By Mark McLaren, Editor in Chief, ZEALnyc, June 3, 2016
Death of Klinghoffer, Anna Nicole, Doctor Atomic, Jerry Springer: The Opera. Not a lot of laughs and if you're looking for a light night with a few guffaws, you're probably not running to contemporary opera.
Then comes Gerald Barry's ebullient The Importance of Being Earnest, which had its U.S. stage premier last night at Jazz at Lincoln Center's Rose Theater on the schedules of Lincoln Center's Great Performers series and the NY Phil Biennial; a delightful exception among weighty contemporaries.
This piece is funny - really funny, and this production is a thrill to the ear. A cast of superb young singers tackle a solid, idiosyncratic score. Tenor Paul Curievici (John Worthing) soars effortlessly. Stephanie Marshall (Gwendolen) brings a lovely mezzo while soprano Claudia Boyle (Cecily) sings in the stratosphere with ease. Alan Ewing (Lady Bracknell) is a vibrant bass and Benedict Nelson a fine baritone. Diction is impeccable throughout, in a piece where text is everything.
Barry provides a juicy piece of comic meat on which his cast chews. Oscar Wilde's successful farce is not intuitively adaptable to opera. The play is long and every word carefully chosen. The power of the original comes not from its trite plot or characters, but in its language - hilarious and beautiful language. Capturing its essence operatically is a task, a task that Barry discharges nicely in this rethinking.
Supported by Ramin Gray's succinct production, Barry adds successful comic layers to the original. The rhythm of his text setting is selectively at odds with its cadence, a conceit that keeps the listener hanging on every word and adding an absurdity to the already rich language. The comedy of Lady Bracknel lands as well in the opera is in the play - and that is no small feat. Ewing, wearing a pinstripe suit (Barry's Bracknel is a woman dressed and played as a man) brings sharp comic instincts.
Barry and Gray bring a number of 'more is more' operatic elements to the work. The score calls for a large rack of dinner plates which a percussionist smashes in counter-point to the dialogue of Gwendolen and Cecily's first meeting, a scene (also with megaphones and sunglasses) that owes as much to Monty Python as it does to Wilde. Complete settings of Freude, schöner Götterfunken appear as inexplicably as does a long jig danced by Bracknell as she grapples with Worthing's odd ancestry. Cecily's costuming (aided by the beautiful Boyle) is over the top.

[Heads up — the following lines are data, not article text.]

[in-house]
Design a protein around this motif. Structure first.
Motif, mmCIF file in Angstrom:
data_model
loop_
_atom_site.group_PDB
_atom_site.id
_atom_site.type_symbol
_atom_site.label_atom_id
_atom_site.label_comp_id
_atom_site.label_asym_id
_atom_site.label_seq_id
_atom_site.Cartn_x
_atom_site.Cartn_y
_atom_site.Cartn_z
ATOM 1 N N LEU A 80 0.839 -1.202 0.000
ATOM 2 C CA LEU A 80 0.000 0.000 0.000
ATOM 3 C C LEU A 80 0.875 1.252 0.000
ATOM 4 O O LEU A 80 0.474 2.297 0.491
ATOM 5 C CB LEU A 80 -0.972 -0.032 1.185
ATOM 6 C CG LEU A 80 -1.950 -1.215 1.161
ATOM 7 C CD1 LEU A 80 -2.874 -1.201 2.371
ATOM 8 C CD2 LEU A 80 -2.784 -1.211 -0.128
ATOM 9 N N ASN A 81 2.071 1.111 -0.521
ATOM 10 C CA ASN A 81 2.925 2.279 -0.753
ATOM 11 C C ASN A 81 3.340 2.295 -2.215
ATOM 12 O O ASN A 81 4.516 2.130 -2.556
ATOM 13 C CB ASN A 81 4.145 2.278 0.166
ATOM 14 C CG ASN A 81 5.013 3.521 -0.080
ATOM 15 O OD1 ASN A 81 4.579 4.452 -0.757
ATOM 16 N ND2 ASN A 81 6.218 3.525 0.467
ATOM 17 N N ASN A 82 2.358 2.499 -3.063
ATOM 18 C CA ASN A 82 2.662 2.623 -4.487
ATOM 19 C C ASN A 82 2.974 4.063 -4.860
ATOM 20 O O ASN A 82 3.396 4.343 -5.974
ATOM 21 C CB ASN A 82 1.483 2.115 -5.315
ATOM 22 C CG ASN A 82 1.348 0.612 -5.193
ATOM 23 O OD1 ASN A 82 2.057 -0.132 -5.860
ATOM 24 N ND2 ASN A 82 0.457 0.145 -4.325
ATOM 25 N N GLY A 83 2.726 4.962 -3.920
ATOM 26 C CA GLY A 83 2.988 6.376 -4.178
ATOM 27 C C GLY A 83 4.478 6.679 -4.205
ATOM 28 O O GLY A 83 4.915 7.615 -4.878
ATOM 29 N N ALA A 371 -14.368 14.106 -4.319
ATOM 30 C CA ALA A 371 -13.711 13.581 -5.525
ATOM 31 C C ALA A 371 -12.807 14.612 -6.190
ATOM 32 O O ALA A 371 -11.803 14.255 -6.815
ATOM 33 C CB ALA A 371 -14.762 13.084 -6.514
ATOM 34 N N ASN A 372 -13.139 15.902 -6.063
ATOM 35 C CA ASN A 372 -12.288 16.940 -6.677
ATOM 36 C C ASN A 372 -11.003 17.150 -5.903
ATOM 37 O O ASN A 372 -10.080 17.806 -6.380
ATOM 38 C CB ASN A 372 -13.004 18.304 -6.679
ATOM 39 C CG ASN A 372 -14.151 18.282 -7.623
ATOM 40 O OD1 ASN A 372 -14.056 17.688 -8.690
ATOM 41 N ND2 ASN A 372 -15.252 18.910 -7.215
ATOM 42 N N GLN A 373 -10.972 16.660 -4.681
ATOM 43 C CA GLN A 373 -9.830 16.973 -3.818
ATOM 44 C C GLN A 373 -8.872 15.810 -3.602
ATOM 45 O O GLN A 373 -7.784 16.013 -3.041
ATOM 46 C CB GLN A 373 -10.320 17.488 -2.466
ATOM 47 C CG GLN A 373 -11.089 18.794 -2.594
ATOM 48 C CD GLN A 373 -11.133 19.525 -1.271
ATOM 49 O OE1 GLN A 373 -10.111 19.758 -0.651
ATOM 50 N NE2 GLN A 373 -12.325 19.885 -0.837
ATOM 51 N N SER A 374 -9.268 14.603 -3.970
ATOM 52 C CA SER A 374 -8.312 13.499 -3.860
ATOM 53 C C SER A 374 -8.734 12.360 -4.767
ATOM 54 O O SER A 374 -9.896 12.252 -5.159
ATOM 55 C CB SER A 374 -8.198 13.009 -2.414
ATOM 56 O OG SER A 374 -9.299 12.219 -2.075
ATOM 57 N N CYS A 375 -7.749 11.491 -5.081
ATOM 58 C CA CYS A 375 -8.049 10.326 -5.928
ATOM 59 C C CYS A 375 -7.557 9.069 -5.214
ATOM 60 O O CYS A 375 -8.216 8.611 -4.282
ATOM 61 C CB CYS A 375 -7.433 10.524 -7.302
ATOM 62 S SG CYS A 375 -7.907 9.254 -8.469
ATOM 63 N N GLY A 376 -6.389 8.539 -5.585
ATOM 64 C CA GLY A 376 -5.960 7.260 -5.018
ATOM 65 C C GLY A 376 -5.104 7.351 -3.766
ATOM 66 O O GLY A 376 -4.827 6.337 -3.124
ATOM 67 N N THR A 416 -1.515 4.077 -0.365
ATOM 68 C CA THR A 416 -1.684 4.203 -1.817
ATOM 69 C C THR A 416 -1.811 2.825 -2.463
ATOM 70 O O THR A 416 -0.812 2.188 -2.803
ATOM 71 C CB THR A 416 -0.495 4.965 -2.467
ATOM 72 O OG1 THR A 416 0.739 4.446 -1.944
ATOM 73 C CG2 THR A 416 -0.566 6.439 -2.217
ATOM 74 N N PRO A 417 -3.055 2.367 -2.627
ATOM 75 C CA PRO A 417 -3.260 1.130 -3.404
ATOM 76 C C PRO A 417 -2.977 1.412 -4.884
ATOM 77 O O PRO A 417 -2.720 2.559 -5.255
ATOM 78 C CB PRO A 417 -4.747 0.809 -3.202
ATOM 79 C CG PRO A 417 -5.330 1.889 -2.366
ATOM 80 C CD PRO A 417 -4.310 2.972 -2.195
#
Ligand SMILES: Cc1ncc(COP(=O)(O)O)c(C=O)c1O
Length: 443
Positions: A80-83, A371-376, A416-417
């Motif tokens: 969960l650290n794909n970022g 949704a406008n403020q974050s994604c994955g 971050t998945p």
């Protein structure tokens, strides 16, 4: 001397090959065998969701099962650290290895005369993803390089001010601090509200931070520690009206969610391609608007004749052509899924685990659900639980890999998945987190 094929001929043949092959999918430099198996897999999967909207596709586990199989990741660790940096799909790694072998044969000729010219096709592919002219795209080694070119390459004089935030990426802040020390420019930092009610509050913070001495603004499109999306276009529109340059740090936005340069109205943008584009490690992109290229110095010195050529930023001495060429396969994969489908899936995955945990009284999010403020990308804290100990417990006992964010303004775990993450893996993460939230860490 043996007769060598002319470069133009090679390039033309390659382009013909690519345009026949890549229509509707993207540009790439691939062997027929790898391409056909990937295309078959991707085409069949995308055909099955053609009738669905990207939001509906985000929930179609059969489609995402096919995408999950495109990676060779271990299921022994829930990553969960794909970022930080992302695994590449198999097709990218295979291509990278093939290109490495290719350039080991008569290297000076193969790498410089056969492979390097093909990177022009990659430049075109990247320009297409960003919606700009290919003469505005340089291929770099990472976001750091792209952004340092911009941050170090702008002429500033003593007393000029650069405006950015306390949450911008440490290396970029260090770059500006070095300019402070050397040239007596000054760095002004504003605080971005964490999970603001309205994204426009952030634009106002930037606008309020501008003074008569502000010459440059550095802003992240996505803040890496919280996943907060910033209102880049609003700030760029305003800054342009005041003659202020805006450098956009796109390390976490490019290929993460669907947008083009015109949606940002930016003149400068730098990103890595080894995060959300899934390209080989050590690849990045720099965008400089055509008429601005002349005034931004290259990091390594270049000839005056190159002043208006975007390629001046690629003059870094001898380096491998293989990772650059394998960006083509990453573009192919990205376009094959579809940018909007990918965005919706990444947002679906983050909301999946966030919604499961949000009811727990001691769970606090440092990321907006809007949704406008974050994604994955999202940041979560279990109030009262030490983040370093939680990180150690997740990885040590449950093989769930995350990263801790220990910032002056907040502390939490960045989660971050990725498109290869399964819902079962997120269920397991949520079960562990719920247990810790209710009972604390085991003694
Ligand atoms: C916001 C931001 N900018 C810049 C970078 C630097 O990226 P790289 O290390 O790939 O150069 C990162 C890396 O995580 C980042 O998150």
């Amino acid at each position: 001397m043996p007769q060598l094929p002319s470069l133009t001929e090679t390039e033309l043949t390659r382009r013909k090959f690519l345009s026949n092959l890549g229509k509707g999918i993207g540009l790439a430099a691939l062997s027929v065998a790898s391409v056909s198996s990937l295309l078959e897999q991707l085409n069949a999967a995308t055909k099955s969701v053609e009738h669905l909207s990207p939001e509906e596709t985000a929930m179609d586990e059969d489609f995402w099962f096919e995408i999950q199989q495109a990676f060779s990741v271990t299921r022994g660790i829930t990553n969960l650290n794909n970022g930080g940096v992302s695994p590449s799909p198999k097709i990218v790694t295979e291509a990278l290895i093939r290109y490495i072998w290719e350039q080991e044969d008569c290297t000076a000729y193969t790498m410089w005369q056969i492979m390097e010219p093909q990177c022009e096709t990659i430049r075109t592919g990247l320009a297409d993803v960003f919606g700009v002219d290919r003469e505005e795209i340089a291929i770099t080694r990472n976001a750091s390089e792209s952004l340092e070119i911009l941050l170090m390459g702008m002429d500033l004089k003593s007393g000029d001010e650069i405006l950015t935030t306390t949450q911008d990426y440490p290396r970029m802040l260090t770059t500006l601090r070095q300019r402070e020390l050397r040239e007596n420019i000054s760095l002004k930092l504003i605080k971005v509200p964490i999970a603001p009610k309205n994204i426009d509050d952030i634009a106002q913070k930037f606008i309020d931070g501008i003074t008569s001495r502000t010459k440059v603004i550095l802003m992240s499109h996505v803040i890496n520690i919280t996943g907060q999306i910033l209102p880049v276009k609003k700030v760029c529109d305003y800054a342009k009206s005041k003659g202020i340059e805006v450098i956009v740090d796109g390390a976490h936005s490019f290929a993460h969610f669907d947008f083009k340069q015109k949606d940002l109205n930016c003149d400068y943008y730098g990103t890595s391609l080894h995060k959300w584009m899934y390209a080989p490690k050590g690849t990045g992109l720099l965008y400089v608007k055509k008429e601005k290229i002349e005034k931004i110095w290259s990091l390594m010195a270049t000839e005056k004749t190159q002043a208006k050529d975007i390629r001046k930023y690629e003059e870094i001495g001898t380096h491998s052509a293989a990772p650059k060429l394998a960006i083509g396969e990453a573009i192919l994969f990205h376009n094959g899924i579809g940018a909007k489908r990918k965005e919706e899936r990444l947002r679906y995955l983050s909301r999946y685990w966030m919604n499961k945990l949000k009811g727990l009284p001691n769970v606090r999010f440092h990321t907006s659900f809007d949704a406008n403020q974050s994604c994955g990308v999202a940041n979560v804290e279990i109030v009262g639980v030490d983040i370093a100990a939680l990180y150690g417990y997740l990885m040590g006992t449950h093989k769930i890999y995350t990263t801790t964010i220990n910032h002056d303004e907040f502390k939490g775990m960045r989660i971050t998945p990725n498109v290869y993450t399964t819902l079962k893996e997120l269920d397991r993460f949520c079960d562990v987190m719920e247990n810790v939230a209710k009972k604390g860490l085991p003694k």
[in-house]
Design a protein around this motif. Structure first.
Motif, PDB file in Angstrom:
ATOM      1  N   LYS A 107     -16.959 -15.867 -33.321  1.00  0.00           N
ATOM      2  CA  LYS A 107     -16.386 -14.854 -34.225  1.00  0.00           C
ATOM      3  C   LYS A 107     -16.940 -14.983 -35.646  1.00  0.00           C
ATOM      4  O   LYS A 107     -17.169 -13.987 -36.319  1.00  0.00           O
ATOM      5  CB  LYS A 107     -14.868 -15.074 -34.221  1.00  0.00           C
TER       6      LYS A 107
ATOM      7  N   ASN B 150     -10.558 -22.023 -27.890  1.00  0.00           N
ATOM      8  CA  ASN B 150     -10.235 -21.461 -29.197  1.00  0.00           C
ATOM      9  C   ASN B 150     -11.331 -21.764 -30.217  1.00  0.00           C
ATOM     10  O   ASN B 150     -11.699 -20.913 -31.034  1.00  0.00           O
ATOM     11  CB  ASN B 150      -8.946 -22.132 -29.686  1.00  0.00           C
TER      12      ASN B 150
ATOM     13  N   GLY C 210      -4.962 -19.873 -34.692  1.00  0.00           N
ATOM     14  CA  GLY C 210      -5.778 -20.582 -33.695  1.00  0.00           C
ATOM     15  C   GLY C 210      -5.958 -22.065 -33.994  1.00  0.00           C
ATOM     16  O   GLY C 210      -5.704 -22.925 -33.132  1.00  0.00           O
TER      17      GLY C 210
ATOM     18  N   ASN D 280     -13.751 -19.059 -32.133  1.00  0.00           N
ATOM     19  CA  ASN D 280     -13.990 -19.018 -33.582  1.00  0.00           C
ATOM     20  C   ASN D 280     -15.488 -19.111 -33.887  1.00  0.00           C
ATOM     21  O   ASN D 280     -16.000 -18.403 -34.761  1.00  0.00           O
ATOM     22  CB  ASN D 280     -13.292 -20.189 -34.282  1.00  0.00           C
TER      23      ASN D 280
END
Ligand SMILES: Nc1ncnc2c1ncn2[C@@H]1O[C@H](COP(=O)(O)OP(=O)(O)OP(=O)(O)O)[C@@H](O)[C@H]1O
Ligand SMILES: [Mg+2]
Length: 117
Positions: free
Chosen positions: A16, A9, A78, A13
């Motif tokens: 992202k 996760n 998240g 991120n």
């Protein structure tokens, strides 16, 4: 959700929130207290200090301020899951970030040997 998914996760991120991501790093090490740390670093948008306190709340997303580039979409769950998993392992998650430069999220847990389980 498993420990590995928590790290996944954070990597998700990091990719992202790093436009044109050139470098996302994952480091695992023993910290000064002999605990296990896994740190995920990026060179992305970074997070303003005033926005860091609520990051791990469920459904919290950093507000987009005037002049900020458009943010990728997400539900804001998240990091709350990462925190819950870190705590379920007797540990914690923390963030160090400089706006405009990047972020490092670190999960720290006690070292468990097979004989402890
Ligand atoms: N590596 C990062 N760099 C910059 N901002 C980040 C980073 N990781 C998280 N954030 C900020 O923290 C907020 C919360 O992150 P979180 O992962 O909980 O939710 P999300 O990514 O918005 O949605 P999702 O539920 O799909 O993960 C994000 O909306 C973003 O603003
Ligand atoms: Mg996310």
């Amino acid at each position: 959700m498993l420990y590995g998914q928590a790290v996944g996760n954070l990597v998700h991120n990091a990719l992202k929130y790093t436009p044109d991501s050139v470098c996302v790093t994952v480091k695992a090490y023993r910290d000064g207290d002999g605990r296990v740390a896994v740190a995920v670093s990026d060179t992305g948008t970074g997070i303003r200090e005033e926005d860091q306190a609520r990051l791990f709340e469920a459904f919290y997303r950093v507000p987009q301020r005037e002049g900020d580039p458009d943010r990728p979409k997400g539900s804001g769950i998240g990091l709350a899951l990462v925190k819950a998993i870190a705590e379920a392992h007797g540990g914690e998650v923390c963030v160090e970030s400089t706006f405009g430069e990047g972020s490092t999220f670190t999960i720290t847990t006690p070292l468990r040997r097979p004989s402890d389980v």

Soprano Stephanie Marshall in The Royal Opera production of The Importance of Being Earnest at Jazz at Lincoln Center Rose Hall. Photo: Chris Lee
Barry's score is bold, shifting musical styles (Schoenberg, Stravinsky, Poulenc) with an effective capriciousness. A horn trill motif becomes an irritating bug and irritation quickly becomes rapid repetitive scalar passages. No matter how stylistically shifty the score, the vocal setting is always sound - always right.
Opera is having a tough slog these days. The Met is aggressively combatting audience attrition with new productions - it drew a younger, urbane audience with William Kentridge's Lulu this season. But new productions exclusively won't solve the problem. New content is also necessary - rich, varied, interesting content. I love Nixon in China as well as the next opera guy, but I'm thrilled to see and hear Barry's new, economic, and very funny comedy added to the rep.
The Importance of Being Earnest, an opera by Gerald Barry, at Jazz at Lincoln Center's Frederick P. Rose Hall, in a production by The Royal Opera directed by Ramin Gray, set design by Ben Clark after an idea by Johannes Schütz, costume design by Christina Cunningham, lighting design by Franz Peter David, movement by Leon Baugh. With New York Philharmonic, Ilan Volkov conductor and Simon Wilding as Lane/Merriman, Benedict Nelson as Algernon Moncrieff, Paul Curievici as John Worthing, Stephanie Marshall as Gwendolen Fairfax, Alan Ewing as Lady Bracknell, Hilary Summers as Miss Prism, Claudia Boyle as Cecily Cardew and Kevin West as Rev. Canon Chasuble.
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